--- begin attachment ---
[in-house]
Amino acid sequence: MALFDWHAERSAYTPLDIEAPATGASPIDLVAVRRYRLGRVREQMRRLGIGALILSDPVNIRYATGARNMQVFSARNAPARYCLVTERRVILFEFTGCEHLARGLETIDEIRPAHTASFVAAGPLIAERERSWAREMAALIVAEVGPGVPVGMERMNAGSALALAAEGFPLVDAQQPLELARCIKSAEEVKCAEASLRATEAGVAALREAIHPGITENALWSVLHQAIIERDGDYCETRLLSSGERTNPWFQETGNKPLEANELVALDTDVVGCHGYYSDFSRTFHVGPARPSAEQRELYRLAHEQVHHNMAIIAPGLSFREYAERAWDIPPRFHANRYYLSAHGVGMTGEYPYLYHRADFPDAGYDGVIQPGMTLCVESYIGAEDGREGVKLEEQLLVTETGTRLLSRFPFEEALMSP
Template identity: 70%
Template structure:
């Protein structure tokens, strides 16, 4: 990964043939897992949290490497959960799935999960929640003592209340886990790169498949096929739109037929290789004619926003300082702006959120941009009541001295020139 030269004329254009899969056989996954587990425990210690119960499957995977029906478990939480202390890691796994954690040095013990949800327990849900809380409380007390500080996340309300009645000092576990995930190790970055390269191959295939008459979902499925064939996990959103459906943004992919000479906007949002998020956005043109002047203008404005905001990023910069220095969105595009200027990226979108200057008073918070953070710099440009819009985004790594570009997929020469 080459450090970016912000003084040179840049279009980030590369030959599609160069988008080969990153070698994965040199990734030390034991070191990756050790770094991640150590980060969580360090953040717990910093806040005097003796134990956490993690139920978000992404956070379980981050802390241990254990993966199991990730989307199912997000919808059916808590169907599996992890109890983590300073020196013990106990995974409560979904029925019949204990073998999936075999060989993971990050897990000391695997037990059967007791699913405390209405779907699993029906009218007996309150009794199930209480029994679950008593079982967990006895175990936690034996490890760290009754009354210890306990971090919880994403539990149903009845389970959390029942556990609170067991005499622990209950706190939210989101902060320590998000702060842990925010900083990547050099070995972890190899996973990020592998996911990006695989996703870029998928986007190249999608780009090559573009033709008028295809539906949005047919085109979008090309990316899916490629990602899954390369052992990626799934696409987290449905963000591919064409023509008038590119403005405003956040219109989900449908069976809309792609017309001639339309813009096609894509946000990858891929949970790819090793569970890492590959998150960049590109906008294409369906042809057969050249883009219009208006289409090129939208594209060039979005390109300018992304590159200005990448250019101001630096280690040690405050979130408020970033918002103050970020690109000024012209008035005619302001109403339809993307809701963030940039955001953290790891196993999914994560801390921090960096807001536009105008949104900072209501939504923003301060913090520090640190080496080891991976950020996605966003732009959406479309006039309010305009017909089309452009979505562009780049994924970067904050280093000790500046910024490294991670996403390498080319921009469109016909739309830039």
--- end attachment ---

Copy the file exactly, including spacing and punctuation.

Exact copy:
[in-house]
Amino acid sequence: MALFDWHAERSAYTPLDIEAPATGASPIDLVAVRRYRLGRVREQMRRLGIGALILSDPVNIRYATGARNMQVFSARNAPARYCLVTERRVILFEFTGCEHLARGLETIDEIRPAHTASFVAAGPLIAERERSWAREMAALIVAEVGPGVPVGMERMNAGSALALAAEGFPLVDAQQPLELARCIKSAEEVKCAEASLRATEAGVAALREAIHPGITENALWSVLHQAIIERDGDYCETRLLSSGERTNPWFQETGNKPLEANELVALDTDVVGCHGYYSDFSRTFHVGPARPSAEQRELYRLAHEQVHHNMAIIAPGLSFREYAERAWDIPPRFHANRYYLSAHGVGMTGEYPYLYHRADFPDAGYDGVIQPGMTLCVESYIGAEDGREGVKLEEQLLVTETGTRLLSRFPFEEALMSP
Template identity: 70%
Template structure:
């Protein structure tokens, strides 16, 4: 990964043939897992949290490497959960799935999960929640003592209340886990790169498949096929739109037929290789004619926003300082702006959120941009009541001295020139 030269004329254009899969056989996954587990425990210690119960499957995977029906478990939480202390890691796994954690040095013990949800327990849900809380409380007390500080996340309300009645000092576990995930190790970055390269191959295939008459979902499925064939996990959103459906943004992919000479906007949002998020956005043109002047203008404005905001990023910069220095969105595009200027990226979108200057008073918070953070710099440009819009985004790594570009997929020469 080459450090970016912000003084040179840049279009980030590369030959599609160069988008080969990153070698994965040199990734030390034991070191990756050790770094991640150590980060969580360090953040717990910093806040005097003796134990956490993690139920978000992404956070379980981050802390241990254990993966199991990730989307199912997000919808059916808590169907599996992890109890983590300073020196013990106990995974409560979904029925019949204990073998999936075999060989993971990050897990000391695997037990059967007791699913405390209405779907699993029906009218007996309150009794199930209480029994679950008593079982967990006895175990936690034996490890760290009754009354210890306990971090919880994403539990149903009845389970959390029942556990609170067991005499622990209950706190939210989101902060320590998000702060842990925010900083990547050099070995972890190899996973990020592998996911990006695989996703870029998928986007190249999608780009090559573009033709008028295809539906949005047919085109979008090309990316899916490629990602899954390369052992990626799934696409987290449905963000591919064409023509008038590119403005405003956040219109989900449908069976809309792609017309001639339309813009096609894509946000990858891929949970790819090793569970890492590959998150960049590109906008294409369906042809057969050249883009219009208006289409090129939208594209060039979005390109300018992304590159200005990448250019101001630096280690040690405050979130408020970033918002103050970020690109000024012209008035005619302001109403339809993307809701963030940039955001953290790891196993999914994560801390921090960096807001536009105008949104900072209501939504923003301060913090520090640190080496080891991976950020996605966003732009959406479309006039309010305009017909089309452009979505562009780049994924970067904050280093000790500046910024490294991670996403390498080319921009469109016909739309830039």